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Will of John Cormack
In the name of God Amen. I bequeath my soul to God my body to the earth rottenness and worms I John Cormick of St. John’s Farmer bequeath to my oldest son Timothy that farm which we now live on with dwelling house barn and barricks two michls cows one heifer and one calf the old horse and the young one the new pair of wheels with axil one box cart and wood cart and whatever is to be sold of this years crop such as hay and potatoes to be divided one half to my son Timothy and the other half to my wife Bridget I bequeath also to my wife Bridget Cormick during her life the new dwelling house and barn with all the ground attached to them likewise the remaining part of the stock after Timothys share to be left to my wife and also that tract of land called Doolings farm to be divided one half to my son Timothy and the other half to my wife as for the iron plough that is to be kept between them both my wife is to be left in full possession of her part during her life in case she remain unmaried and after that my son James Cormick is to inherit her part and also my son Timothy is to give to my wife whatever hay she require for her cattle for the space of two years. I also lay it as an obligation on both parties to give ten shillings a year each for Masses for my soul for the space of ten years. Testator John his X mark Cormick. Exetors Michael Treacey, Andrew Carrell, William Sinnet. St. John’s Newfoundland December the seventh 1864. John Cormick his last will and testament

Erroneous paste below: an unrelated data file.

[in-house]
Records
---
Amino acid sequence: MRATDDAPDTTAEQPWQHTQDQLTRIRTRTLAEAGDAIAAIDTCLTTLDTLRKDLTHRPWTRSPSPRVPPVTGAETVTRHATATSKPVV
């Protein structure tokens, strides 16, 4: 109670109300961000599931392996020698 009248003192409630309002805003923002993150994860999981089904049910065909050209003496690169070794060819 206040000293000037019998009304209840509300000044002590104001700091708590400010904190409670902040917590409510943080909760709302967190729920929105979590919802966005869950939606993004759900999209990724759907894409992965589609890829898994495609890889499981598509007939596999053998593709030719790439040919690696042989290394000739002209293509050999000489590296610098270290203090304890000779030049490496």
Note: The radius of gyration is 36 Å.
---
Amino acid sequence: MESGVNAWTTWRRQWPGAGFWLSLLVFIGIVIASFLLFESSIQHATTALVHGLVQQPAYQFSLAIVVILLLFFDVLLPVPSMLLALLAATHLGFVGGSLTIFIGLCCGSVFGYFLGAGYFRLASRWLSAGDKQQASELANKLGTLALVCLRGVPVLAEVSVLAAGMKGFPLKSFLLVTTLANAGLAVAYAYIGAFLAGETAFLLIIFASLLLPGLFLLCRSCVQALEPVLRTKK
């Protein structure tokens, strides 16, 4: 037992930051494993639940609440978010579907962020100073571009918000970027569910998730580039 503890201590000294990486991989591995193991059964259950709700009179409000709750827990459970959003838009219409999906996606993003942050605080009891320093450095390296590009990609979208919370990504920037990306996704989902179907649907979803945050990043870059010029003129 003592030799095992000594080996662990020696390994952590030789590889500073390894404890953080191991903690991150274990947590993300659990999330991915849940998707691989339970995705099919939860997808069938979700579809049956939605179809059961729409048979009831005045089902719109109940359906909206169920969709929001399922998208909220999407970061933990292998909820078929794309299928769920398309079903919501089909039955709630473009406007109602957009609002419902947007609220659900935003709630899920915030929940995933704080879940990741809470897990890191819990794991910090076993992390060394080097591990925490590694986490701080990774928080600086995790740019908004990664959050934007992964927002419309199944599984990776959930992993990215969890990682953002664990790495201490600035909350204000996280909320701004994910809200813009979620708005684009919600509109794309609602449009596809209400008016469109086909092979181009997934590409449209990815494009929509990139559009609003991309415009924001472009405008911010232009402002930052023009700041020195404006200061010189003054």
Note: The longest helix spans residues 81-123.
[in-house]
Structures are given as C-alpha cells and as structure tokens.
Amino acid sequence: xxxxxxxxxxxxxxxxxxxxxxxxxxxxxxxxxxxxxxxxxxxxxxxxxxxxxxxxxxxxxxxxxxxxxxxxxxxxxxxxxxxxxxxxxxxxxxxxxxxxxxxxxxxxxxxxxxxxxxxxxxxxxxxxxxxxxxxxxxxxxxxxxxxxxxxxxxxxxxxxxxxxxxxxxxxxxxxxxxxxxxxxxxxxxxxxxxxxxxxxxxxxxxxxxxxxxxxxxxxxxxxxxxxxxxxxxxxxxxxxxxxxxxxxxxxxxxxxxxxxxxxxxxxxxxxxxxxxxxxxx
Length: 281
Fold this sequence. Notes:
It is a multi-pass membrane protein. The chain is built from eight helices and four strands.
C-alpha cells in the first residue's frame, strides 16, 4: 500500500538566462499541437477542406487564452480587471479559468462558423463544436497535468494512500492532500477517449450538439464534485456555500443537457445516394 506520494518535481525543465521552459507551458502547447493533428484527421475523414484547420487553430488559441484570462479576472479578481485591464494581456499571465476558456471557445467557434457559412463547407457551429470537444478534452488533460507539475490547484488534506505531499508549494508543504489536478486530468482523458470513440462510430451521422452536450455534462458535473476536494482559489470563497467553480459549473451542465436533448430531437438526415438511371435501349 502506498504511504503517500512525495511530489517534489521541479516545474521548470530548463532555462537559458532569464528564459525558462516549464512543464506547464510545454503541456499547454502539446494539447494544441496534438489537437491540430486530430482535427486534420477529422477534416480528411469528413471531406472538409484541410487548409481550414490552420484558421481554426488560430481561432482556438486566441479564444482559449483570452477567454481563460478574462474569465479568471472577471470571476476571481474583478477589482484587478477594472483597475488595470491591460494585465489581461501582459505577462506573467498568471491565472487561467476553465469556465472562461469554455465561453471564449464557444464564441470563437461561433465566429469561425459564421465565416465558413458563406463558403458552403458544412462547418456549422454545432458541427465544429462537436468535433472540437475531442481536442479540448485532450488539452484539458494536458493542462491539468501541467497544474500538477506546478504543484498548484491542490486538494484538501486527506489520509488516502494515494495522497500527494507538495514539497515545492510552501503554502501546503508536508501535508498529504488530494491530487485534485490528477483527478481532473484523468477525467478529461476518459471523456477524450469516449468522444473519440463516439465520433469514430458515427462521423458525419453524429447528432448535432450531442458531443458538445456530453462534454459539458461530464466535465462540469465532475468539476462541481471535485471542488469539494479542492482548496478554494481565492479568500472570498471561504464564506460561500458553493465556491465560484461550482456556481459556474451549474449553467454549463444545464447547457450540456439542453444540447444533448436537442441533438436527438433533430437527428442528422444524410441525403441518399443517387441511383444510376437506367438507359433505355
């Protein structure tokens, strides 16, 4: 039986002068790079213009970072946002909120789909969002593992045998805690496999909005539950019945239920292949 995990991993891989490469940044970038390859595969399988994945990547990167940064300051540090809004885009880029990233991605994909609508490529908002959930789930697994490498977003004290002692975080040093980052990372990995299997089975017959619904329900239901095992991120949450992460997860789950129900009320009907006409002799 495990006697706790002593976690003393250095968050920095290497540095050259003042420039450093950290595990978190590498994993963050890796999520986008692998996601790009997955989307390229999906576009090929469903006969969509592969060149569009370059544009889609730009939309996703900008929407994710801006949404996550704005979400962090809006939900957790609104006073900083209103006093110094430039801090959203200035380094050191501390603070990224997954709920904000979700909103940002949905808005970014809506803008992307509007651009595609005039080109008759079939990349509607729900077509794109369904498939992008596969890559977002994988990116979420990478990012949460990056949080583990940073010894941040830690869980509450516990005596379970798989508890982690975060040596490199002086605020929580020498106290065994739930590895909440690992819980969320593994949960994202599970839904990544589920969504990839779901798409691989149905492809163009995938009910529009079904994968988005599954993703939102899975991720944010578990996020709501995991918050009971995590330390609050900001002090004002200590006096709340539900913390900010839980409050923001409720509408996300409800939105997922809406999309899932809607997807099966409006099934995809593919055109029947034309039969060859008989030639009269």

Note: The wills in those will books are NOT actual wills. They are either hand-written copies or in later years typed copies of a, "last will and testament," written or typed by the court clerk, after the death of the testator, when the executor presented them to the court for probate. The court clerk didn't list the signatures at the bottom, he (or she) just put them in the book in whatever order they were in, on the original document, no spacing most of the time, no punctuation and also no paragraphs. The originals were kept by the executor.
We who have typed these wills, have made every effort to include all the errors that were on the microfilm, in order to avoid destroying the integrity of the originals, where ever they may be. However, in some of the very long wills, we have tried to insert paragraphs to make it easier for the researcher to read the document.
Page Contributed by Judy Benson & Ivy F. Benoit
Page Revised by Ivy F. Benoit (Wednesday February 20, 2013)
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